CAAFlog » September 2014 Term » United States v. Olson

CAAF decided the Air Force case of United States v. Olson, 74 M.J. 132, No. 14-0166/AF (CAAFlog case page) (link to slip op.), on Thursday, April 2, 2015. The court holds that the military judge did not err in concluding that Appellant’s consent to a search of her home was voluntary, affirming the decision of the Air Force CCA.

Judge Stucky writes for a functionally-unanimous the court. Chief Judge Baker writes separately, concurring.

CAAF granted review to determine:

Whether the military judge erred by denying the Defense’s motion to suppress the evidence seized from Appellant’s house because the totality of the circumstances indicated that Appellant’s consent to search was involuntary.

In August 2011, Appellant’s military supervisor contacted Air Force investigators with suspicions related to Appellant’s civilian husband, who was allegedly involved in illegal drug activity. Appellant was sent to meet with Air Force investigators in a conference room and Appellant was not advised of her Article 31(b) right to remain silent. Then:

The agents advised Appellant that her husband was suspected of distributing illegal drugs on base and that he had been arrested by Calvert County, Maryland, police. The agents asked for consent to search her residence, which she was reluctant to give. Appellant wanted to telephone her husband but was dissuaded from doing so by the agents. At the time, Appellant resided off base with her husband in Maryland, although he had been absent from the house since July. During a smoke break outside the building, an agent tried to convince her to consent to the search. Appellant understood that the agents could try to convince her to consent, and she worried that they were trying to get her in trouble.

Slip op. at 4. Eventually she consented, and drugs and drug paraphernalia were discovered in the residence. She was later convicted contrary to her pleas of not guilty, by a special court-martial composed of officer members, of dereliction of duty, spoilage of personal property, wrongful possession of ketamine, and larceny, in violation of Articles 92, 109, 112a, and 121. She was sentenced to confinement for four months, forfeiture of $978.00 pay per month for 4 months, reduction to E-1, and a bad-conduct discharge. The convening authority disapproved one month of the adjudged forfeitures but otherwise approved the adjudged sentence.

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Audio of this week’s oral arguments at CAAF is available at the following links:

United States v. Olson, No. 14-0166/AF (CAAFlog case page): Oral argument audio.

United States v. Muwwakkil, No. 15-0112/AR (CAAFlog case page): Oral argument audio.

CAAF will hear oral argument in the Air Force case of United States v. Olson, No. 14-0166/AF (CAAFlog case page), on Tuesday, January 27, 2014. The court granted review of a single issue relating to Appellant’s consent to the search of her off-base residence by Air Force investigators:

Whether the military judge erred by denying the Defense’s motion to suppress the evidence seized from Appellant’s house because the totality of the circumstances indicated that Appellant’s consent to search was involuntary.

Appellant was convicted contrary to her pleas of not guilty, by a special court-martial composed of officer members, of dereliction of duty, spoilage of personal property, wrongful possession of ketamine, and larceny, in violation of Articles 92, 109, 112a, and 121. She was sentenced to confinement for four months, forfeiture of $978.00 pay per month for 4 months, reduction to E-1, and a bad-conduct discharge. The convening authority disapproved one month of the adjudged forfeitures but otherwise approved the adjudged sentence.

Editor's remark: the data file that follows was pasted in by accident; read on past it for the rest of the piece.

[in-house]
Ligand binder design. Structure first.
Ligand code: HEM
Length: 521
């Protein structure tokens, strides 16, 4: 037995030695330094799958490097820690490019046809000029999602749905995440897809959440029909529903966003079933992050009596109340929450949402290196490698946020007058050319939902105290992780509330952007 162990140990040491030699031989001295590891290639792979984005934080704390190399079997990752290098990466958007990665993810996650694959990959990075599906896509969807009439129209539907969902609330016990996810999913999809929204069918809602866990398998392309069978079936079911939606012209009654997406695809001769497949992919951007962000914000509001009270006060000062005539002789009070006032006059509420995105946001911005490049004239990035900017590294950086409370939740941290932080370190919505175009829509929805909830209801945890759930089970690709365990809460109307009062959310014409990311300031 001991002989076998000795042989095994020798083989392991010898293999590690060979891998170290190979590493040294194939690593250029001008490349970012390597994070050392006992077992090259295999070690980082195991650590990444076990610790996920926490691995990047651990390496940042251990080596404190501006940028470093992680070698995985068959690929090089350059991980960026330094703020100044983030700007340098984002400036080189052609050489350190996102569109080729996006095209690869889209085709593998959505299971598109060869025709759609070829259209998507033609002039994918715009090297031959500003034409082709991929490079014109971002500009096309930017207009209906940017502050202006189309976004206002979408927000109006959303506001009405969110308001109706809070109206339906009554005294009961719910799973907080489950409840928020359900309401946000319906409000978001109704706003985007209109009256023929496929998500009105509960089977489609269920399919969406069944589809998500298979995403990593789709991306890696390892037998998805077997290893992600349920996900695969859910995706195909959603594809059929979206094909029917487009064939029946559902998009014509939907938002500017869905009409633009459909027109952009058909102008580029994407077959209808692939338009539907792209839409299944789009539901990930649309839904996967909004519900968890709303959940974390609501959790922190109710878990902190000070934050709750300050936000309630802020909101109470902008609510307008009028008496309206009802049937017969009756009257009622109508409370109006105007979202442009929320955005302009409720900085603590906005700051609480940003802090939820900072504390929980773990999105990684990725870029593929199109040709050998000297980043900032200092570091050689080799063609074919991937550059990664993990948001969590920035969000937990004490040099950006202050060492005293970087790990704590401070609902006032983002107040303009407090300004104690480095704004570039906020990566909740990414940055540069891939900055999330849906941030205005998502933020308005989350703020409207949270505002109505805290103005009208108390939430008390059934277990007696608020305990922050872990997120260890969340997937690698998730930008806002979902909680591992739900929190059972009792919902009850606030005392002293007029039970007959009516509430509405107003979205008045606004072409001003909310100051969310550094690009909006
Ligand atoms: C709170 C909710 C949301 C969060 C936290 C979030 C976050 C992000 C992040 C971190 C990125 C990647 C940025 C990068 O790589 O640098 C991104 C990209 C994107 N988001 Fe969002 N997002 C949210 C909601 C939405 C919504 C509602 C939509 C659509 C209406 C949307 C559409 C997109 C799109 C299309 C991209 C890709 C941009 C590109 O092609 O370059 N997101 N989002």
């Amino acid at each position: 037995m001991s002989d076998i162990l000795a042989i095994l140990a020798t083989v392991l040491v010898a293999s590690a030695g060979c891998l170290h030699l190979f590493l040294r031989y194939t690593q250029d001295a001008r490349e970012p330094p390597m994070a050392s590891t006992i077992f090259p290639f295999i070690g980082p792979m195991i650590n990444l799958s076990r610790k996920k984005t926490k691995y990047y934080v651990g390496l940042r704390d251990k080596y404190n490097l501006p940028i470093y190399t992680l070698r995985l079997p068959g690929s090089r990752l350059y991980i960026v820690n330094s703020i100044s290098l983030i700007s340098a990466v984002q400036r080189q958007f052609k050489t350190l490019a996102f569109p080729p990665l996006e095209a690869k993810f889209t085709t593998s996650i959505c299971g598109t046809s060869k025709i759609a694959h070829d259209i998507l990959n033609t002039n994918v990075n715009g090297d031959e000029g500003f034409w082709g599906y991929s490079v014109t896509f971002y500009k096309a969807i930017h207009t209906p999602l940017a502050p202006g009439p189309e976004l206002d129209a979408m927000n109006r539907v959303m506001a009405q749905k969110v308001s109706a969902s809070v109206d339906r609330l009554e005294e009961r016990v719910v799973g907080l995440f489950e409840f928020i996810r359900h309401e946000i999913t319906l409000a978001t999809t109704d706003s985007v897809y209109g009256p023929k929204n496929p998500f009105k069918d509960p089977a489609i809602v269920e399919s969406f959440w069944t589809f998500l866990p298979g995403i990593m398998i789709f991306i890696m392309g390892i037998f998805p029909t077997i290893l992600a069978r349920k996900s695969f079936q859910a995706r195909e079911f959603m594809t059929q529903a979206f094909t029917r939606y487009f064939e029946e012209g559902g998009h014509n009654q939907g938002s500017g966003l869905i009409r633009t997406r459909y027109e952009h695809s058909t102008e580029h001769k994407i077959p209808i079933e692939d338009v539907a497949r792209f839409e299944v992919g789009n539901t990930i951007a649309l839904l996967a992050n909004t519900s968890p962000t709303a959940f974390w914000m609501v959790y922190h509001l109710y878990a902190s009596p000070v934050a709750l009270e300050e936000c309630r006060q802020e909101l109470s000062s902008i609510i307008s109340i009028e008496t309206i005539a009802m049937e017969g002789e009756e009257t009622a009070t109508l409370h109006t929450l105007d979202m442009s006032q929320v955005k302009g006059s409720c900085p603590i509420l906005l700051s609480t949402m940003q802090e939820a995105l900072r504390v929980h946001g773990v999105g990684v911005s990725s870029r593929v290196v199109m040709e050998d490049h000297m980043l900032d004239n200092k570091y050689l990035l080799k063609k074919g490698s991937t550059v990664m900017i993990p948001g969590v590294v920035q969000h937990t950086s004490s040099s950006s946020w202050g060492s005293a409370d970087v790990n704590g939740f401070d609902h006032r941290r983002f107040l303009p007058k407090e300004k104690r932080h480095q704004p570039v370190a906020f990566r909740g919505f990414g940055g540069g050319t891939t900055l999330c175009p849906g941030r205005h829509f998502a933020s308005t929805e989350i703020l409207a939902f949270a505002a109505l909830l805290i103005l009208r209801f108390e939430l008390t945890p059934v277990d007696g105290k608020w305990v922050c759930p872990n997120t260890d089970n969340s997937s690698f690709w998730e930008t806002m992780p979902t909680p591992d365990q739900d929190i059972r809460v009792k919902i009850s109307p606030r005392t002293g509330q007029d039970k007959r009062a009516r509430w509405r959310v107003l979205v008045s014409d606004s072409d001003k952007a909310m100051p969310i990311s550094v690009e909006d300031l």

In August 2011, Appellant’s military supervisor contacted Air Force investigators with suspicions related to Appellant’s civilian husband, who was allegedly involved in illegal drug activity. The supervisor “described Appellant as a bad troop and a ‘dirt bag’ and was concerned that her husband was a bad influence on her, but did not say he believed that Appellant herself was involved in illegal drug use.” Gov’t Br. at 2. The supervisor also communicated “his belief that Appellant’s husband was distributing drugs on base to other airmen.” Gov’t Br. at 2.

Appellant was then sent to meet with Air Force investigators. They met in a conference room and Appellant was not advised of her Article 31(b) right to remain silent. Appellant was questioned for approximately two hours, after which the investigators asked Appellant for consent to search her off-base residence in order to “make sure it was safe and there were no drugs.” App. Br. at 5. Appellant hesitated, but eventually gave consent (she claims that this was only after the investigators threatened to obtain a warrant, but the investigators denied making this threat). Acting on this consent investigators searched her off-base residence, where contraband was discovered and seized.

At trial Appellant moved to suppress the fruits of the search on the basis that her consent was involuntary. The military judge applied the six factor test from United States v. Wallace, 66 M.J. 5 (C.A.A.F. 2008), and concluded that Appellant voluntarily consented to the search. The Air Force CCA reviewed this ruling on appeal and affirmed the military judge. CAAF then granted review.

From just these facts, CAAF’s grant is puzzling. This case seems to present a rather mundane application of the six factors for determining voluntariness that were adopted by CAAF in Wallace, and the parties briefs are little more than an analysis of those non-exhaustive factors. But considering recent CAAF decisions involving Article 31(b) (our #3 military justice story of 2014), CAAF’s interest in this case likely goes well beyond the mere facts.

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